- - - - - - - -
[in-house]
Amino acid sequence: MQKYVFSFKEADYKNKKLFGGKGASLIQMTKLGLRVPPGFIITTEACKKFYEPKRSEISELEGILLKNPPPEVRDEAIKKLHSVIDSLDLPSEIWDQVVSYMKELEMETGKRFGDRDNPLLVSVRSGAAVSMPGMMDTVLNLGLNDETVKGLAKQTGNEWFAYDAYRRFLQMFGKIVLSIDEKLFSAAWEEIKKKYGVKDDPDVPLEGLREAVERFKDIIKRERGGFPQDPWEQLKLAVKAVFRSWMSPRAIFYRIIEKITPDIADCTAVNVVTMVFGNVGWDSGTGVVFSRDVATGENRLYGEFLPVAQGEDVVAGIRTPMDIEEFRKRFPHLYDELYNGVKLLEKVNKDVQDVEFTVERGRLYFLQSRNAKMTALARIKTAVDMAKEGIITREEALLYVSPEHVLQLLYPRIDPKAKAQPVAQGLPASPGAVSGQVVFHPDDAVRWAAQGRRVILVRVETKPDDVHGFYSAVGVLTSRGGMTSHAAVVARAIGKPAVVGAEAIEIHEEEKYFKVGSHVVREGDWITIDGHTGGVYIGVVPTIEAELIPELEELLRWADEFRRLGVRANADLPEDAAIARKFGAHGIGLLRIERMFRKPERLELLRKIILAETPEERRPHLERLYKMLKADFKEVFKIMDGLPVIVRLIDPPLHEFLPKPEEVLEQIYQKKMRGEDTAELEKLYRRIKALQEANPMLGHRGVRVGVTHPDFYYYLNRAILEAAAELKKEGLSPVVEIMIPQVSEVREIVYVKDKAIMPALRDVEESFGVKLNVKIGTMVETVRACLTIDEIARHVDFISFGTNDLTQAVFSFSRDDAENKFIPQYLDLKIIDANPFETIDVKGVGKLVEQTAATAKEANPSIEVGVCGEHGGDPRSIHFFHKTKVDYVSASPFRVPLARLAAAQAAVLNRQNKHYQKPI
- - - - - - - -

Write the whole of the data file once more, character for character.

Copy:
[in-house]
Amino acid sequence: MQKYVFSFKEADYKNKKLFGGKGASLIQMTKLGLRVPPGFIITTEACKKFYEPKRSEISELEGILLKNPPPEVRDEAIKKLHSVIDSLDLPSEIWDQVVSYMKELEMETGKRFGDRDNPLLVSVRSGAAVSMPGMMDTVLNLGLNDETVKGLAKQTGNEWFAYDAYRRFLQMFGKIVLSIDEKLFSAAWEEIKKKYGVKDDPDVPLEGLREAVERFKDIIKRERGGFPQDPWEQLKLAVKAVFRSWMSPRAIFYRIIEKITPDIADCTAVNVVTMVFGNVGWDSGTGVVFSRDVATGENRLYGEFLPVAQGEDVVAGIRTPMDIEEFRKRFPHLYDELYNGVKLLEKVNKDVQDVEFTVERGRLYFLQSRNAKMTALARIKTAVDMAKEGIITREEALLYVSPEHVLQLLYPRIDPKAKAQPVAQGLPASPGAVSGQVVFHPDDAVRWAAQGRRVILVRVETKPDDVHGFYSAVGVLTSRGGMTSHAAVVARAIGKPAVVGAEAIEIHEEEKYFKVGSHVVREGDWITIDGHTGGVYIGVVPTIEAELIPELEELLRWADEFRRLGVRANADLPEDAAIARKFGAHGIGLLRIERMFRKPERLELLRKIILAETPEERRPHLERLYKMLKADFKEVFKIMDGLPVIVRLIDPPLHEFLPKPEEVLEQIYQKKMRGEDTAELEKLYRRIKALQEANPMLGHRGVRVGVTHPDFYYYLNRAILEAAAELKKEGLSPVVEIMIPQVSEVREIVYVKDKAIMPALRDVEESFGVKLNVKIGTMVETVRACLTIDEIARHVDFISFGTNDLTQAVFSFSRDDAENKFIPQYLDLKIIDANPFETIDVKGVGKLVEQTAATAKEANPSIEVGVCGEHGGDPRSIHFFHKTKVDYVSASPFRVPLARLAAAQAAVLNRQNKHYQKPI